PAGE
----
February 13, 2009 at 05:48 AM EST

Multiple sources have confirmed to EW that representatives of Chris Brown are on the lookout for a crisis-management expert to help the pop star rehabilitate his image in light of his Feb. 8 arrest on felony battery charges. Many news organizations have reported that Brown argued with his girlfriend, Rihanna, after a pre-Grammy party, which resulted in both singers canceling their Grammy appearances. The singer and sometime actor turned himself into police on Feb. 8 and was quickly released on $50,000 bond.

Among the experts who have been recommended to Brown’s people were Alan Nierob, the veteran Hollywood publicist who advised Mel Gibson in 2006 after he spewed anti-Semitic comments at an arresting officer during a drunk-driving incident; and Howard Bragman, who repped Isaiah Washington in 2007 after Washington used an antigay slur to refer to costar T.R. Knight on the set of Grey’s Anatomy. EW has confirmed that neither Nierob nor Bragman has been hired — for now.

Meanwhile, Bragman (author of the book Where’s My Fifteen Minutes?) already has a lot to say about Brown’s arrest. Speaking to EW earlier this week, Bragman said Brown should prepare himself for months — even years — of intense scrutiny. The fallout from Brown’s arrest was swift: Wrigley suspended his Doublemint gum ad from airing on TV, the Milk Mustache campaign issued a statement that it was “taking the allegations against Chris Brown very seriously” (though Brown’s ad was already scheduled to end its run this week), and Sesame Street pulled a 2007 episode guest-starring Brown from all future airings. Meanwhile, Rihanna postponed a Feb. 13 concert scheduled in Kuala Lumpur, Malaysia.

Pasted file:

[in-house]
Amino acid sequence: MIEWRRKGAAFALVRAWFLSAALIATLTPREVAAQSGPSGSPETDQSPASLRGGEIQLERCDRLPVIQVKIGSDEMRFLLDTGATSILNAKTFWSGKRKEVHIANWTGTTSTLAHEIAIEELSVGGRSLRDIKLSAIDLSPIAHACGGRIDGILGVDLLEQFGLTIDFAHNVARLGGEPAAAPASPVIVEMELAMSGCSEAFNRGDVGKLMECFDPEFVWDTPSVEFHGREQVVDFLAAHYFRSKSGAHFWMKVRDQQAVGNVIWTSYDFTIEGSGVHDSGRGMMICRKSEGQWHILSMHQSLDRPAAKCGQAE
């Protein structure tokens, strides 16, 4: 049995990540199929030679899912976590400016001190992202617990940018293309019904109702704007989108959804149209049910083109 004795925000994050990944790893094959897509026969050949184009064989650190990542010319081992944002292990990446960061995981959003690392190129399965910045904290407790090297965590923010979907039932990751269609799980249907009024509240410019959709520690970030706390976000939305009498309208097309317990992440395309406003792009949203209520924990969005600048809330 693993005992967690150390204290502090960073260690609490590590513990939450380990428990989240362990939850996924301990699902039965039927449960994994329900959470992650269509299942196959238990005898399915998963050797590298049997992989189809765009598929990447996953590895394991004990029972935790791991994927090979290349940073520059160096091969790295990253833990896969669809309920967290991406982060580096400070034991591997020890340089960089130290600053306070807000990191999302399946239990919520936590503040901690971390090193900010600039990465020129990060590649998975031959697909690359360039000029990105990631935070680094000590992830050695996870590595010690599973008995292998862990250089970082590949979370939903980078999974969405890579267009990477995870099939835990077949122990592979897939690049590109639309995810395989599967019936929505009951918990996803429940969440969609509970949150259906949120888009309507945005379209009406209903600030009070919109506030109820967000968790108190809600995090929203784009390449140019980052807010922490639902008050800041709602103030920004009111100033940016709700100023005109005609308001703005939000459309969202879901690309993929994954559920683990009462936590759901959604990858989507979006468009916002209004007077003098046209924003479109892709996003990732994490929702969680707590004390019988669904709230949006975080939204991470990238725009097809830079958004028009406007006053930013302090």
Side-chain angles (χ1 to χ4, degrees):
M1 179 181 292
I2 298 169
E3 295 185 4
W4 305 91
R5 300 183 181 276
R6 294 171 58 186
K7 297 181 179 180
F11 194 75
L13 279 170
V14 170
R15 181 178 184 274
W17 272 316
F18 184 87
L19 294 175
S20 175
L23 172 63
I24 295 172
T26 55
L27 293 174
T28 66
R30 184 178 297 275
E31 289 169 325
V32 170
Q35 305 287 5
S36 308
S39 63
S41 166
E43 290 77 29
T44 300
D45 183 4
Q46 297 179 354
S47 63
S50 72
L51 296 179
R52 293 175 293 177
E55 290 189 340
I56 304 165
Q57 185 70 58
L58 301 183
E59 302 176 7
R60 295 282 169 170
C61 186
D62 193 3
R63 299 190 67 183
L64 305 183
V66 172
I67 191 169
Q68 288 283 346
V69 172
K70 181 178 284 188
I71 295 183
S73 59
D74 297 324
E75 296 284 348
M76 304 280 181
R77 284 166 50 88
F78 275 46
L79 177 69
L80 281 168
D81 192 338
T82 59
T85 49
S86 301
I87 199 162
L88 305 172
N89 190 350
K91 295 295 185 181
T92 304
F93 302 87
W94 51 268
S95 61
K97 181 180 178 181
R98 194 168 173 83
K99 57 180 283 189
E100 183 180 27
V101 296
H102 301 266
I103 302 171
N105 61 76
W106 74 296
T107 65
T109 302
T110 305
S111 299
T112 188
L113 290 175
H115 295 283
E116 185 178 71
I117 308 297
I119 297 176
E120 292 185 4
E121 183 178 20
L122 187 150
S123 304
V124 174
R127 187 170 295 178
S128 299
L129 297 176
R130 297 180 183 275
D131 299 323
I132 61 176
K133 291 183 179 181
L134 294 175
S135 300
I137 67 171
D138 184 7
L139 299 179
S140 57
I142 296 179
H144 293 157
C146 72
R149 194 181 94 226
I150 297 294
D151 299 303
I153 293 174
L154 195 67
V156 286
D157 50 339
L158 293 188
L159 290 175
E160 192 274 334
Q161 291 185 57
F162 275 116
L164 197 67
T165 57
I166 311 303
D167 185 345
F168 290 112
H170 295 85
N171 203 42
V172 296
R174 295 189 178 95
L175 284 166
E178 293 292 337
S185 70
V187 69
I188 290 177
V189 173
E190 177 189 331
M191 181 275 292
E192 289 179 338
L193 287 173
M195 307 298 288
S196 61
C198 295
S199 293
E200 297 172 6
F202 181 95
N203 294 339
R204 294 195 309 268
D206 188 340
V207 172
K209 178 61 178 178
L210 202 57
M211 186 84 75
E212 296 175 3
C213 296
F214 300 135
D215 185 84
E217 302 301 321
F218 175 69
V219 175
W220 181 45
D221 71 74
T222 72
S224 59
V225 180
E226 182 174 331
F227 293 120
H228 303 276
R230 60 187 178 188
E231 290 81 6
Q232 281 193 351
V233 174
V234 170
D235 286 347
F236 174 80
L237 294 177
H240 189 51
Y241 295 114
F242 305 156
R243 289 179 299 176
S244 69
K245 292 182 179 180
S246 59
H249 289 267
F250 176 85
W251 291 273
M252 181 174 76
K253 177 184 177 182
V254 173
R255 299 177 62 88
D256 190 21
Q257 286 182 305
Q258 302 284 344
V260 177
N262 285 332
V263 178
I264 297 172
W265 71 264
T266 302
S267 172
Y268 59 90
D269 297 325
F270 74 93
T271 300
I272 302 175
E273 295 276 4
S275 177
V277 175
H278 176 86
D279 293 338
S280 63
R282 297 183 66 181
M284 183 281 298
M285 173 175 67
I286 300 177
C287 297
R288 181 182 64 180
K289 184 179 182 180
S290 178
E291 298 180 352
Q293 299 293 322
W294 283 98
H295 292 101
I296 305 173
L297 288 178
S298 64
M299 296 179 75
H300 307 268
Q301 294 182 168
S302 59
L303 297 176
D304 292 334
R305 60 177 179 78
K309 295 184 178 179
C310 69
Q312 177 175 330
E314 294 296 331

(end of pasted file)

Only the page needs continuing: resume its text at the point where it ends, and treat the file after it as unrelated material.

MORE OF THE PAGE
“What he is accused of doing is a bad thing -– and I’m talking about that in the court of public opinion,” Bragman said. “The only thing probably worse is murder, rape, and hurting an animal. This isn’t a bong hit like Michael Phelps, which everybody has done. This is serious. What he’s got going for him is that he’s young, talented, likable, and we forgive people. You can go home again, but it takes time. It’s not something you can turn around overnight. He has to strap himself in and be ready for a long ride. It’s not a comfortable ride.”

addCredit(“Marc Susset-Lacroix/WireImage”)

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